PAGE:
Loyola University Chicago

Department of English


Loyola's new professor of Indigenous Studies, Dr. Madeleine Reddon (12/5/2022)


Coming all the way from Vancouver, Dr. Madeleine Reddon is the English Department’s new professor of Indigenous literature. She took the post at Loyola because she feels like the university is well poised in the intellectual hub that is the city of Chicago and is a great place to be dialoguing with other universities around the city. 

She says that the department’s studies and research align with her own, citing the focus on modernist literature as one of her interests in being at Loyola. 

“As somebody working in Indigenous literature and modernism, I really felt that I would be able to be heard in a different way [at Loyola],” she says.

Dr. Reddon’s research concentrates on thinking about experimental Indigenous literature, how we can read said literature, and understanding that the tools for doing so are inherited from colonial institutions.

“The university has been a place in which knowledge has been produced in order to support certain power structures and hierarchies of being… So how do we even begin to read Indigenous literature in such a context? What are the decolonial tools that we have for reading Indigenous literature and hearing it on its own terms?” She says, “How do we use its insights to change the world for the better and think about what it actually means to read Indigenous literature on its own terms?” 

At Loyola, Dr. Reddon says she has begun talking about Indigenous literature and histories of colonization with a holistic approach. This, she says, will get students to think about their own lives, the histories they have inherited, and how they have the opportunity to change the world by addressing those histories. 

In the two classes she’s teaching this fall semester, Dr. Reddon introduced students to Indigenous literature by starting with more challenging historical material and is now delving into more contemporary literature, which she refers to as “the fun stuff.” 

 “I usually like to give students a lot of support to help them read the literature. I usually start with traditional stories from specific communities and I talk about how those stories are used in those communities and the purpose that they serve. ” She says, “Instead of thinking about the stories as merely didactic, only teaching one thing, we consider how those stories can be used to teach a variety of lessons about our obligations and responsibilities to the land. Those traditional stories and origin stories belong to philosophical systems from Indigenous cultures. So treating them like a form of philosophy that's asking questions about life is also teaching us something about how to read Indigenous literature through a different set of values. I find that students find Indigenous literature more approachable when they start to see how stories that seem really simple to them that at first might be really complex and when they understand that racialized communities have intellectual traditions of their own.”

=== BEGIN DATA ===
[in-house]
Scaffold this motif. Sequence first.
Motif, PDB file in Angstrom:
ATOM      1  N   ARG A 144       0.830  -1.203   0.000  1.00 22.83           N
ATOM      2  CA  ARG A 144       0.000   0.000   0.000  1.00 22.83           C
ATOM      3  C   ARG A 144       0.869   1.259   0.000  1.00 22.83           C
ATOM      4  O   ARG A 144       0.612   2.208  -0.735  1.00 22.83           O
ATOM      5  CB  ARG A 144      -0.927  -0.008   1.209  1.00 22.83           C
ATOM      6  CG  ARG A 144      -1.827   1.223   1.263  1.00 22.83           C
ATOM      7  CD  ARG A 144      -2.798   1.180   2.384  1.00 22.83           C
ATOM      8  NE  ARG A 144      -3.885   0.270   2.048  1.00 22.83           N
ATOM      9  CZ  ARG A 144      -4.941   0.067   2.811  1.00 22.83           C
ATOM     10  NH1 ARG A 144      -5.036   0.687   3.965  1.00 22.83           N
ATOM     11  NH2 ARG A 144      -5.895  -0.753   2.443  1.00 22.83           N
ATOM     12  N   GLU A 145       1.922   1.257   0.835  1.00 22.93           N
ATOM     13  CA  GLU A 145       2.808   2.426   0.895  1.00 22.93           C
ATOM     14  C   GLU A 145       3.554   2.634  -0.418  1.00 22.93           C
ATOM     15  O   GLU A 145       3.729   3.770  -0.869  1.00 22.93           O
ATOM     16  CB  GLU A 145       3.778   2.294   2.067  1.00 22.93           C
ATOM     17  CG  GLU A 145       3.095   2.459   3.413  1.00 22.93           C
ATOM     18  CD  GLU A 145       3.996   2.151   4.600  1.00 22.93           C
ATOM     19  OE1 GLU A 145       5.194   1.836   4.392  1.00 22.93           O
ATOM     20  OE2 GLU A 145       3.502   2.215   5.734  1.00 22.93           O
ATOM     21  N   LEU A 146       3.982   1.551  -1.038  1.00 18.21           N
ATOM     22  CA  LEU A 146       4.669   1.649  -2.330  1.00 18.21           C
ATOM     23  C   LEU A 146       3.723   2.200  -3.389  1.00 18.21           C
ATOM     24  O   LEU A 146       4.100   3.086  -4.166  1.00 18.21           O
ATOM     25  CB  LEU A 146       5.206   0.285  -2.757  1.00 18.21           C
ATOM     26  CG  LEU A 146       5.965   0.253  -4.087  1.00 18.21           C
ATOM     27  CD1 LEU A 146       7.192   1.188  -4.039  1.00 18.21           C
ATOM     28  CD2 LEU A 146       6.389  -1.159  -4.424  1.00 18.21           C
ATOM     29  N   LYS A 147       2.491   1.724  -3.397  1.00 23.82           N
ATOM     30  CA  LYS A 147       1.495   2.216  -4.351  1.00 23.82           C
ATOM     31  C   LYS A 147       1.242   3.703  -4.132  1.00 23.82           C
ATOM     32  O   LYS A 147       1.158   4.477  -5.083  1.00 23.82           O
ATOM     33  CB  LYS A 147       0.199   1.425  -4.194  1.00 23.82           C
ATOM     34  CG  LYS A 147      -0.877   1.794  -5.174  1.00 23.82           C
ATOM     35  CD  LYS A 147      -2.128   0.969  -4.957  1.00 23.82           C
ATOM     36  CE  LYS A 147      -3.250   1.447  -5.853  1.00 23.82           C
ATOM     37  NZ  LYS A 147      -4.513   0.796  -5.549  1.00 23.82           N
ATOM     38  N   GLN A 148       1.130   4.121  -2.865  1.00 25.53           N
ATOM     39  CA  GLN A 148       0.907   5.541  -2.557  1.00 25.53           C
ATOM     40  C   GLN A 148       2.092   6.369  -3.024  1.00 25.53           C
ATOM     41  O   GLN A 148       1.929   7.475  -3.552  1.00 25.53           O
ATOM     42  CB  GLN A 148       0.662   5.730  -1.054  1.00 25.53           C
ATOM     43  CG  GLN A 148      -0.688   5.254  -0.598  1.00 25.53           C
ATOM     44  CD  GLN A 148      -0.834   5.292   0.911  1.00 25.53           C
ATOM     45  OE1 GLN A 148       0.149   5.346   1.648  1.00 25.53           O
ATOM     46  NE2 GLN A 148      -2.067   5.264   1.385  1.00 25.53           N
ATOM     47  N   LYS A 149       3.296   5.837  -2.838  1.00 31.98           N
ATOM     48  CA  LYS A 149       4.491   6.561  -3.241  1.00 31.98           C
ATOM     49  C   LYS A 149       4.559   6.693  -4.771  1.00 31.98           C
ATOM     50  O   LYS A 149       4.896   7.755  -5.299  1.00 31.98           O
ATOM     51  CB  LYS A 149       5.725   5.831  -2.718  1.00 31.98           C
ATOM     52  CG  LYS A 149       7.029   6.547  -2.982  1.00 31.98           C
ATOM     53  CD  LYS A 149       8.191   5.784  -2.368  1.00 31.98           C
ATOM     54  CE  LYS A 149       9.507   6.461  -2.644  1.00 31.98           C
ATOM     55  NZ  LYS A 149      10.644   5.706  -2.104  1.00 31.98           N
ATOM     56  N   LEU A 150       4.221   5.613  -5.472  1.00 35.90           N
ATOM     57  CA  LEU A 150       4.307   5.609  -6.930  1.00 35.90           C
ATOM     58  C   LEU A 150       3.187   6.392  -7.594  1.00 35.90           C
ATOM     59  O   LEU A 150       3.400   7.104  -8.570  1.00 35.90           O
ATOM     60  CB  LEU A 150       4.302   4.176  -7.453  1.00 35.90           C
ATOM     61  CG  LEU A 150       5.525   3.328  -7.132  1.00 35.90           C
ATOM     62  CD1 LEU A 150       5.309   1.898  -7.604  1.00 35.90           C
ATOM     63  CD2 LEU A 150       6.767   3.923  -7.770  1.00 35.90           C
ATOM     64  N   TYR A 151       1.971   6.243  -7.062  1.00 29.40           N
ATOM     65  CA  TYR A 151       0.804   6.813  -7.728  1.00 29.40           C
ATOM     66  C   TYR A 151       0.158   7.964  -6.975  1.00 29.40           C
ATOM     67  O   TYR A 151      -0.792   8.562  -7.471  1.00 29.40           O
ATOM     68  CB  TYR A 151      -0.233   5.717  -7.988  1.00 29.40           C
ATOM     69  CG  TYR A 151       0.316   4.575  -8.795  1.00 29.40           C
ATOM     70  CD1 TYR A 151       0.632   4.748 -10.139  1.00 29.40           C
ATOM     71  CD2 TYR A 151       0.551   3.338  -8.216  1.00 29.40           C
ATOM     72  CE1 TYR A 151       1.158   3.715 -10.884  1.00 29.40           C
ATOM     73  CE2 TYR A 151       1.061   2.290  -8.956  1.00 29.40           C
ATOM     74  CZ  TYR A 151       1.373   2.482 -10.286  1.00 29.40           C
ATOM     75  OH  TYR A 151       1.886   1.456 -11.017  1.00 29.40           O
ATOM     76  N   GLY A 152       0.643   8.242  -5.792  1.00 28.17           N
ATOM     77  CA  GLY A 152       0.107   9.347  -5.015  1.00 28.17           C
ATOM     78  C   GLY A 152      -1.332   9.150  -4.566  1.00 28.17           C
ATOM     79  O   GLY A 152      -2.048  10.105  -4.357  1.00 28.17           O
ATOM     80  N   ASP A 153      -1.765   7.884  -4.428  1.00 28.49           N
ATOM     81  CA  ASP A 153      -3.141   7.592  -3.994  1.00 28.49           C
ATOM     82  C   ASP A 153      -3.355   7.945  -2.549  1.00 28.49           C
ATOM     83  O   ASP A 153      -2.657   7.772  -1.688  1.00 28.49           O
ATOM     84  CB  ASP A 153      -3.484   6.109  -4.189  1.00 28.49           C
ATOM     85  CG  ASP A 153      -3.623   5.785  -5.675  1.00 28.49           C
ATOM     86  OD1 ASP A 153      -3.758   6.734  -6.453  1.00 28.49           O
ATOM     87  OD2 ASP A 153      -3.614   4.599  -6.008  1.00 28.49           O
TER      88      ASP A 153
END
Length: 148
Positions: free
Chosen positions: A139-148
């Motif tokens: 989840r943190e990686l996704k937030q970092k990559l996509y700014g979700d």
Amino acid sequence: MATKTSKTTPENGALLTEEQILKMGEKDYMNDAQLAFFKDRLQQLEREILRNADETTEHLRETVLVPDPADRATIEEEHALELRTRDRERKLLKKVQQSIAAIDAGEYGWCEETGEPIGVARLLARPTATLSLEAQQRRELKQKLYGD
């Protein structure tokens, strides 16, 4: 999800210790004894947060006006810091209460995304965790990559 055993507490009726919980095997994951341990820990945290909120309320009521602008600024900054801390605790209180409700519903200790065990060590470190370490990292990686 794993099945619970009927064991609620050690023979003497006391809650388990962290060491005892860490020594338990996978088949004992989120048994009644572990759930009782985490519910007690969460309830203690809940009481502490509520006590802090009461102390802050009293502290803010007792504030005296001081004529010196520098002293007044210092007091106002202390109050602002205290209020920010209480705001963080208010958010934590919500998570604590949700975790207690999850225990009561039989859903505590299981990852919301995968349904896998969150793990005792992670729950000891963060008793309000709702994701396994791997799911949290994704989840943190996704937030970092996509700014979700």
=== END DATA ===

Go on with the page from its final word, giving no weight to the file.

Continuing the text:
After starting her classes with those points in mind, Dr. Reddon gives her students more theoretical or scholarly articles to show them how specific Indigenous cultural traditions differ from Western traditions. A difference they’re currently studying in class is the one between treaties, by looking at how they are seen differently from an Indigenous perspective and from a settler perspective. In many cases, Indigenous people understand treaties as sacred agreements for maintaining ecological and political harmony whereas colonial perspectives tend to understand treaties as a means for acquiring land, economic growth, or subduing other peoples.

Reddon says that in order to start having conversations about decolonizing literature and changing the world through it, we really need to understand what's happening in the world and what has already happened. And she’s looking forward to doing so with the community at Loyola.